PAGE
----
President Eisenhower's News Conference of October 1, 1958, Public Papers of the Presidents-Eisenhower, 1958, p. 715.

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THE PRESIDENT: "Well, sir, all I can tell you about that is that I conceive of no possible solution that we haven't studied, pondered, discussed with others in the very great hope that a peaceful solution can come about.

"As you well know, the basic issue, as we see it, is to avoid retreat in the face of force, not to resort to force to resolve these questions in the international world. And we believe if we are not faithful to that principle in the long run we are going to suffer.

"Now, Mr. Dulles, who had a very long conference yesterday morning and almost solely on this subject, did one thing that I would commend to all of you: he quoted paragraphs, two paragraphs I think, from Mr. Spaak's speech recently in the United Nations, where Mr. Spaak said: 'The whole free world must realize that it is not Quemoy and the Matsus that we are talking about, we are talking about the Communists' constant, unrelenting pressure against the free world, against all of it.'

"As a matter of fact, a magazine just, I guess, out last evening, U.S. News and World Report, gives quite a detailed and documented story of Communist aggression and activities in 72 countries.

"I commend that to your reading, because we are very apt, by focusing our eyes on some geographical point, to neglect the great principles for which a country such as ours has stood, for all these years, and for which Western civilization has largely stood.

"So, I should say, we want to get these things in perspective.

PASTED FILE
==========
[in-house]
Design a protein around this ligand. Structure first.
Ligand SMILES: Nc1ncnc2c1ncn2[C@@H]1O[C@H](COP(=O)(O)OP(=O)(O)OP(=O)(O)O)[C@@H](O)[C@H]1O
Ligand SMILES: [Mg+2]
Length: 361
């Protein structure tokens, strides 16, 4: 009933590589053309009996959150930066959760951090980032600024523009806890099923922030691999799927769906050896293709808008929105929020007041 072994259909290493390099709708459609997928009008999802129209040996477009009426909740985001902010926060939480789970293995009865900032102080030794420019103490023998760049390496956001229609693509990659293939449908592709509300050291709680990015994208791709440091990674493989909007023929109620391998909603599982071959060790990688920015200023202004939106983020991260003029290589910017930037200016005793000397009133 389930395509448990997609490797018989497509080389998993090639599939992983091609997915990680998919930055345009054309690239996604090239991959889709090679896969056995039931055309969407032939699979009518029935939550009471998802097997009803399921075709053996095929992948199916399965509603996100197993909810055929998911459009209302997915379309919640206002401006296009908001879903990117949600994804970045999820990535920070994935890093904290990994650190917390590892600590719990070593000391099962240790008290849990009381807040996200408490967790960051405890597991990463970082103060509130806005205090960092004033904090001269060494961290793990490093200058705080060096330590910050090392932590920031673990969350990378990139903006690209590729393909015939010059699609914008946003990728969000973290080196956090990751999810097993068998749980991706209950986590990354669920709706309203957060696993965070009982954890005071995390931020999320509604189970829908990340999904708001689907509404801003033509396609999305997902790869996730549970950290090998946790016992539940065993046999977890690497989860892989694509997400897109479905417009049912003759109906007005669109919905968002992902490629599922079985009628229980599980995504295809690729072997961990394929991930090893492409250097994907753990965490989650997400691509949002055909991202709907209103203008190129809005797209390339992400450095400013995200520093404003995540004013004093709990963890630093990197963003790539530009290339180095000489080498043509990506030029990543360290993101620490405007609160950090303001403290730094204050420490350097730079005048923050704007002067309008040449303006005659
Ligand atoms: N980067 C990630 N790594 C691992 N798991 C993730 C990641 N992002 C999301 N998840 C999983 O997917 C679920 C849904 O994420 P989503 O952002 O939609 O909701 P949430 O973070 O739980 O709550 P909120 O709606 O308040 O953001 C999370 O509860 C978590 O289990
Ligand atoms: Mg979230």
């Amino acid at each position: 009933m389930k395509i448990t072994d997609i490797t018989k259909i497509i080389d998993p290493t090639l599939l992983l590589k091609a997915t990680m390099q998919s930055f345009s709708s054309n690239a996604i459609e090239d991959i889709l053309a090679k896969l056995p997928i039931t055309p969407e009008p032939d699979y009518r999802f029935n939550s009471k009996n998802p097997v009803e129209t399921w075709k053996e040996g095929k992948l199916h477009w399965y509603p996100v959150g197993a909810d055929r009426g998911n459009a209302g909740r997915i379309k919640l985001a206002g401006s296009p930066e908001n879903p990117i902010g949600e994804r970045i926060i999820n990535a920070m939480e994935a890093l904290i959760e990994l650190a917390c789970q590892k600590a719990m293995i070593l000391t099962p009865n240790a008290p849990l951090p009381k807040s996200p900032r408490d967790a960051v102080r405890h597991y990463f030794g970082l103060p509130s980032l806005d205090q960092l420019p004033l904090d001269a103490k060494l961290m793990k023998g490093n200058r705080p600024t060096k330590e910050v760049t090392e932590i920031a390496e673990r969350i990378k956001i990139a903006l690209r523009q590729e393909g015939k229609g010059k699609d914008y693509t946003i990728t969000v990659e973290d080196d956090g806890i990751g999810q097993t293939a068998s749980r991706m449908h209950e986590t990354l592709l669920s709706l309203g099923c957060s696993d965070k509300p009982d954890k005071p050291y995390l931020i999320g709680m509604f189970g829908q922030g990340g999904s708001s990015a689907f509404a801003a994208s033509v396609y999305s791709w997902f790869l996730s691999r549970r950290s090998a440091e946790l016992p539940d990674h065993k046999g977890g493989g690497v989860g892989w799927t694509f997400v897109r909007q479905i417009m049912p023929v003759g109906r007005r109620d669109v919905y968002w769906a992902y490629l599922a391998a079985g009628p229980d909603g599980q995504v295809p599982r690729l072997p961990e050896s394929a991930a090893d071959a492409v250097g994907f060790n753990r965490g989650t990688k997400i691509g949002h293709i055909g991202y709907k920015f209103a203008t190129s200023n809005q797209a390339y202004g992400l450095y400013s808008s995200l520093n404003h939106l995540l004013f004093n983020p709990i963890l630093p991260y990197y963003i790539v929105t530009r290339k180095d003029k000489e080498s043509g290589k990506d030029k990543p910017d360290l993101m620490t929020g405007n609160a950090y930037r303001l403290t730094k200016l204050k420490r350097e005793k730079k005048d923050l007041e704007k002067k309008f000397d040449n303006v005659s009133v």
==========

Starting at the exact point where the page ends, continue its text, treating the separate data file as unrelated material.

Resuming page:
"Now, you mentioned the question of it would be foolish for them keeping large forces there for a long time.

"I believe, as a soldier, that was not a good thing to do, to have all these troops there. But, remember, we have differences with our allies all over the world. They are family differences, and sometimes they are acute; but, by and large, the reason we call it 'free world' is because each nation in it wants to remain independent under its own government and not under some dictatorial form of government. So, to the basic ideals, all of us must subscribe."

Q. Peter Lisagor, Chicago Daily News: "In the light of Mr. Spaak's statement, can you tell us what your view is of why so many of our allies fail to see this point you have just made?"

THE PRESJDENT: "Well, it's a very difficult thing, and of course an answer is speculative. But when we go back to the Manchurian incident of 1931, when we go back to Hitler's marching into the Rhineland, when we take his taking over the Sudetenland and the Anschluss with Austria by force, when finally he took over all of Czechoslovakia, where was the point to stop this thing before it got into a great major war?

"Why did not public opinion see this thing happening?

"Now, in hindsight, most of us have condemned these failures very bitterly, going right back to 1931 in Manchuria. I don't know why the human is so constructed that he believes that possibly there is an easier solution--that you can by feeding aggression a little bit, a teaspoonful of something, that he won't see that they are going to demand the whole quart.

"I don't know any real answer to that thing; it is puzzling. And, of course, for those who have to carry responsibility, it is a very heavy weight on their spirits and minds; there is no question about that. But there it is."

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Source: The Pentagon Papers, Gravel Edition, Vol. 1 (Boston: Beacon Press, 1971), p. 621-23

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